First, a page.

The Observer

On Lapalissades, Malapropisms, and Mondegreens

Poutine like the Russian president or like the Quebecois dish? Getting the wrong end of the semantic stick is all too easy, writes our columnist, who dissects various slips of the ear.
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© Hervé Pinel

Insult and intimidation should never be tolerated. So when a fast-food outlet in Paris recently received online threats because of a supposed link to the Kremlin’s war on Ukraine, French police took the matter deadly seriously. It quicky transpired that the eatery was not connected with Vladimir Putin – spelled Poutine in French – or his regime; its specialty was la poutine, a Quebecois mash-up of gravy and cheese curds slathered on fries, once described as a concoction to be consumed only by the heartless.

Getting the wrong end of the semantic stick is all too easy. On the day that the U.S. reported the first person-to-person transmission of Covid-19, online searches for “Corona beer virus” spiked as people worried about a link between a Mexican brew and a coronavirus. Just recently, a congresswoman railed against the heavy-handed thuggery of a cold Spanish soup – confusing gazpacho with Gestapo – and immediately became the butt of online jokes (“How dare [she] blame Gazpacho, when we all know that Vichyssoise Violence is the real culprit”). The coiner of the phrase, Marjorie Taylor Greene, was immediately nicknamed Marjorie Malaprop, in honor of the eponymous, linguistically challenged character in an 18th-century British comedy of manners.

True, Ms. Taylor Greene is not alone in perpetrating malapropisms that regularly go viral. From George W. Bush’s “holding our allies hostile (hostage)” to Texas Governor Rick Perry’s boast about U.S. states being “lavatories (laboratories) of innovation,” many public figures only open their mouth to change feet. The problem is just as rife in France, where it is compounded by politicians having only a passing acquaintance with lexis and syntax. A gaffe made in 2007 by the ultimately unsuccessful presidential candidate Ségolène Royal, who used the non-existent noun bravitude instead of bravoure (bravery), is still widely mocked. And the grammatically approximate former president Nicolas Sarkozy – ils se batturent instead of ils se battirent (they fought) – readily serves as the example not to follow.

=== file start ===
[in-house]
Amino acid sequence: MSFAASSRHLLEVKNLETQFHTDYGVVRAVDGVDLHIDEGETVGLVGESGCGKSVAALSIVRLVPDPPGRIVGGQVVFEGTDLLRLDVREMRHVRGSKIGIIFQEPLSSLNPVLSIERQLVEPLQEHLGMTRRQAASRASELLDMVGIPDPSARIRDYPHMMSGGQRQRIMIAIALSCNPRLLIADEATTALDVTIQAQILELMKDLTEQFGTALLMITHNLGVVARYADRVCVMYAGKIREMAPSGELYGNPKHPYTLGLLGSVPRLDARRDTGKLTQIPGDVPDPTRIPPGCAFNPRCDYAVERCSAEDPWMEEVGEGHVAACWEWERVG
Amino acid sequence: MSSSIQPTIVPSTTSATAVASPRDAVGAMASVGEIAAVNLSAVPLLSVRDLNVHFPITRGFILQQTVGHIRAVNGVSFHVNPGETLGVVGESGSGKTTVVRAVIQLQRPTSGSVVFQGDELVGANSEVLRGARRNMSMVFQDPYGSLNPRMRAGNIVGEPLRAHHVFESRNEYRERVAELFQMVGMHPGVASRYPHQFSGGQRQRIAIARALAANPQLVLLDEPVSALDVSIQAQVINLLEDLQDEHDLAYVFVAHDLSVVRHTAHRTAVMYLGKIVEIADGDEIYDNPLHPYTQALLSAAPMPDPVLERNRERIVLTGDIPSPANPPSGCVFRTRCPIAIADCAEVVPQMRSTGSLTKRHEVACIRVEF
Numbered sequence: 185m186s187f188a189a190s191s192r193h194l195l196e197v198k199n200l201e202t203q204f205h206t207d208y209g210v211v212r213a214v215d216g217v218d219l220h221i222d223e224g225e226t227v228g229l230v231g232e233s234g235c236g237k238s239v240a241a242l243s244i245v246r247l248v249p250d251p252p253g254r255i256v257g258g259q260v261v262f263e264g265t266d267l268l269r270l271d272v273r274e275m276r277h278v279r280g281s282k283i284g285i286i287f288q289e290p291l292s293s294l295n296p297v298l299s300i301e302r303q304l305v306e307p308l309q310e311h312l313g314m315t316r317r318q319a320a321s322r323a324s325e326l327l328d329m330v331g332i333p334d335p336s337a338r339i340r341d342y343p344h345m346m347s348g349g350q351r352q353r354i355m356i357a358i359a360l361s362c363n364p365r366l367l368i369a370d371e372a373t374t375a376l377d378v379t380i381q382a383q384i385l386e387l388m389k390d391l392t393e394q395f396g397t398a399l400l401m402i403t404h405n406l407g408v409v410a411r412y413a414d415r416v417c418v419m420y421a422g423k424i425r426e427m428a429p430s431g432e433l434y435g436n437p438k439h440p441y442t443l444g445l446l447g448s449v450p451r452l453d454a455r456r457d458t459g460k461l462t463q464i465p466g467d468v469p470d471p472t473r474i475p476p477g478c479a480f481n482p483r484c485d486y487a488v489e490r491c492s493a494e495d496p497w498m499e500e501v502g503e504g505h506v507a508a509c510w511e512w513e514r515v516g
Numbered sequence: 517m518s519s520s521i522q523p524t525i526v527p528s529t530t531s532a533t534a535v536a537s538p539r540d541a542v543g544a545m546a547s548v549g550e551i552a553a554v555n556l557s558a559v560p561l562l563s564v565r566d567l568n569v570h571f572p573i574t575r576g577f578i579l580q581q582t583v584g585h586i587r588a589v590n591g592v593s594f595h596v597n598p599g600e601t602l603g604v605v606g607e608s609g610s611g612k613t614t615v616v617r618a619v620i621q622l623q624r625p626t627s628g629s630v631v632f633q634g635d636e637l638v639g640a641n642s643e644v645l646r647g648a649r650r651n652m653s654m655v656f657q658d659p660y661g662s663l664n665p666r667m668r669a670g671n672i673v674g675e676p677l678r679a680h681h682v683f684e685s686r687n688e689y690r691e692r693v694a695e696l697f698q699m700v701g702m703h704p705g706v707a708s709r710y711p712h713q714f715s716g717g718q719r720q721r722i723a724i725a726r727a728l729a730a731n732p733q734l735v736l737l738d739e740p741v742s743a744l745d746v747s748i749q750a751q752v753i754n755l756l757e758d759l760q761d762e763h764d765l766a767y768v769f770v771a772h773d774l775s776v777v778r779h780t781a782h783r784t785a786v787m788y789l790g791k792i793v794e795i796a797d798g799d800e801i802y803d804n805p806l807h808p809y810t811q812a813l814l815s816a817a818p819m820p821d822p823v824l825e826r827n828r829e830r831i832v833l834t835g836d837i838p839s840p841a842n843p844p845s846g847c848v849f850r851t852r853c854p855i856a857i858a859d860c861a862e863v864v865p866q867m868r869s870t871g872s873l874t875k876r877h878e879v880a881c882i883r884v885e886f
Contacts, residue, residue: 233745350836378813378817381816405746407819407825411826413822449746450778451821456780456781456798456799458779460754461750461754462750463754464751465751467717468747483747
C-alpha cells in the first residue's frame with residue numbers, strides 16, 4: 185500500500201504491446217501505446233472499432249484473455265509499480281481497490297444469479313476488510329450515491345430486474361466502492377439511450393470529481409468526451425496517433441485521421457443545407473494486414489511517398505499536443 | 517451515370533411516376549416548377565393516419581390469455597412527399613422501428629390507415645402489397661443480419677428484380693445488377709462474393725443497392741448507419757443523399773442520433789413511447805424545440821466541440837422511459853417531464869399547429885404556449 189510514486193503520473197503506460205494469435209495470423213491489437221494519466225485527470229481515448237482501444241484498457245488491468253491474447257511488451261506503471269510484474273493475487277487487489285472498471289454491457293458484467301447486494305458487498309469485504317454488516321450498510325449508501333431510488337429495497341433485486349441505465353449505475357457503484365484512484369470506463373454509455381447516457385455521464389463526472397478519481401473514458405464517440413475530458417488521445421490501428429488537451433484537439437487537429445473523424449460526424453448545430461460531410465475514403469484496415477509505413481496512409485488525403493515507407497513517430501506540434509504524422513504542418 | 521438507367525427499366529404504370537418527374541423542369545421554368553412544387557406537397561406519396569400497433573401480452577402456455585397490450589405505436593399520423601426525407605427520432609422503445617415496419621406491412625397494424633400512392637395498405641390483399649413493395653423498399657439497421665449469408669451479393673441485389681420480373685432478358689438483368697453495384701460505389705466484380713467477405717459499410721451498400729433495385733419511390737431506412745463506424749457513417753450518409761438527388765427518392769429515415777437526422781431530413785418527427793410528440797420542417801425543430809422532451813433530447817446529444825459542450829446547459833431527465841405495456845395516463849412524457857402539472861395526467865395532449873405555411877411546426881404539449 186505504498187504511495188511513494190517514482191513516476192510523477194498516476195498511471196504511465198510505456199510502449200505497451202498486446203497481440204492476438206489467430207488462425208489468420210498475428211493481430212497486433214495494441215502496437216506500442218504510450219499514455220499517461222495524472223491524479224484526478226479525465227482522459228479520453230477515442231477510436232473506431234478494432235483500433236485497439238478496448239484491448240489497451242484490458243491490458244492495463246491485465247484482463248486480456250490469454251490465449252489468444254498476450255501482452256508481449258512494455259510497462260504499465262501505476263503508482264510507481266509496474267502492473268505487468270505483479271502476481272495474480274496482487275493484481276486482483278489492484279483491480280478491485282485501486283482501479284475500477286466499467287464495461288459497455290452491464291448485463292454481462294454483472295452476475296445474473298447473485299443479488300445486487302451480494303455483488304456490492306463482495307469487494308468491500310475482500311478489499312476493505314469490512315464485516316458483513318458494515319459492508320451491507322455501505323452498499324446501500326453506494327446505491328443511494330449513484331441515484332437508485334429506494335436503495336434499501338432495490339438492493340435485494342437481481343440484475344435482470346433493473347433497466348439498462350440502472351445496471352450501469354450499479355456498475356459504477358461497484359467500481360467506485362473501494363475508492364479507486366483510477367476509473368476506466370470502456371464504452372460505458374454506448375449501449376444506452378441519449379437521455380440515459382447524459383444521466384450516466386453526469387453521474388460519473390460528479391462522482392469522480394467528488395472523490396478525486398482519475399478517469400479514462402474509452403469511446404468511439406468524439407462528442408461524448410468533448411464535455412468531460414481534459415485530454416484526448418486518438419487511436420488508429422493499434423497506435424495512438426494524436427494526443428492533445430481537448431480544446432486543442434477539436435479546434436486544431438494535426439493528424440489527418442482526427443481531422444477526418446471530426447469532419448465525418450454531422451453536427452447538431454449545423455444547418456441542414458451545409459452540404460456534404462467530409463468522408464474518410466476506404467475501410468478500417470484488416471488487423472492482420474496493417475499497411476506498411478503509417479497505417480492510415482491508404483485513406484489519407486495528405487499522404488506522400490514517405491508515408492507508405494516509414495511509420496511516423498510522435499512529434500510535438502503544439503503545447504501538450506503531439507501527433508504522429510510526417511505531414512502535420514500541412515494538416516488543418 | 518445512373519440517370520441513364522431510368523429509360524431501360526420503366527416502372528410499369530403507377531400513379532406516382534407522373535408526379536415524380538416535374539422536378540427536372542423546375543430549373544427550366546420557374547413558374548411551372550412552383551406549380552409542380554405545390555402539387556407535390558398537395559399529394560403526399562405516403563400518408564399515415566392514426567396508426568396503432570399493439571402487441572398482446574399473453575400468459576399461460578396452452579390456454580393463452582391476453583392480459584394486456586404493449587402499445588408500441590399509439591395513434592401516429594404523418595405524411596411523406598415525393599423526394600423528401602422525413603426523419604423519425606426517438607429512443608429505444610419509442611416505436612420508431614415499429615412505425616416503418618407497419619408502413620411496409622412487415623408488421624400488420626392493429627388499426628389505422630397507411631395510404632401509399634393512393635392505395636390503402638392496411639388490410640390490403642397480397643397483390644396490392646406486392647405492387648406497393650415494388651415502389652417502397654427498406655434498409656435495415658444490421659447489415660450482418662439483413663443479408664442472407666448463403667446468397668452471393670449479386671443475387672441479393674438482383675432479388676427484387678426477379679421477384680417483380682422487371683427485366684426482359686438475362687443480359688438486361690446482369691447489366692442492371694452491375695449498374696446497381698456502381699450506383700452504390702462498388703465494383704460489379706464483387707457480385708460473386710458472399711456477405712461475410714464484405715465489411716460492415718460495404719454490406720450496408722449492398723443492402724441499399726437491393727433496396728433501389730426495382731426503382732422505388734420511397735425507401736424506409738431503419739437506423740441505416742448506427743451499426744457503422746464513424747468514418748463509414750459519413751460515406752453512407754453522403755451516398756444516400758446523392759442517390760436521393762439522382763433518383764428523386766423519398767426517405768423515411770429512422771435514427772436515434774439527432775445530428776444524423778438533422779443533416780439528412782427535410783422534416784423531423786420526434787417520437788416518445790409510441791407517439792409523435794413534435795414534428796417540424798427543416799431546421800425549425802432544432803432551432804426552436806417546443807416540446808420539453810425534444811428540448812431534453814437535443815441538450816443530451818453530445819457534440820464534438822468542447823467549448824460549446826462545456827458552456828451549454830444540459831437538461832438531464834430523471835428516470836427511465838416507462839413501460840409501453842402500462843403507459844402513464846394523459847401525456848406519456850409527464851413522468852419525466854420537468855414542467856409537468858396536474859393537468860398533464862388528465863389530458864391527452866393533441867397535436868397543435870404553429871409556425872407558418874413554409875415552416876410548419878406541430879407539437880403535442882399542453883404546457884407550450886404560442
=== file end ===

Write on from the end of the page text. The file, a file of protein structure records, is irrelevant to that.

In fact, language-mangling is commonplace; and everyone is susceptible to foot-in-the-mouth disease, from presidents downward (or upward, depending on one’s point of view). Some of these slip-ups are likely deliberate – a way of defusing a tense situation or pricking a bubble of pomposity (“It’s déjà vu all over again”); others are the product of misunderstanding, partial interpretation, or both – what the psycholinguist Steven Pinker calls “not playing with a full linguistic deck.” The perpetrators are often held to account by talk show hosts and journalists, who dig down through the verbiage to find the dross beneath. In France, this has been elevated to an art form thanks to the annual Political Humor Prize. Bestowed by the Press Club de France, the prize “rewards” the authors of either the sharpest witticism – “Socialists are so fond of poor people that they create them” – or the clumsiest gaffe: “The best way to solve unemployment is to work.” The awards also include a special prize, the aptly named Prix Nocchio, awarded to the biggest barefaced liar: “I’m not a fraudster, just a forgetful taxpayer.”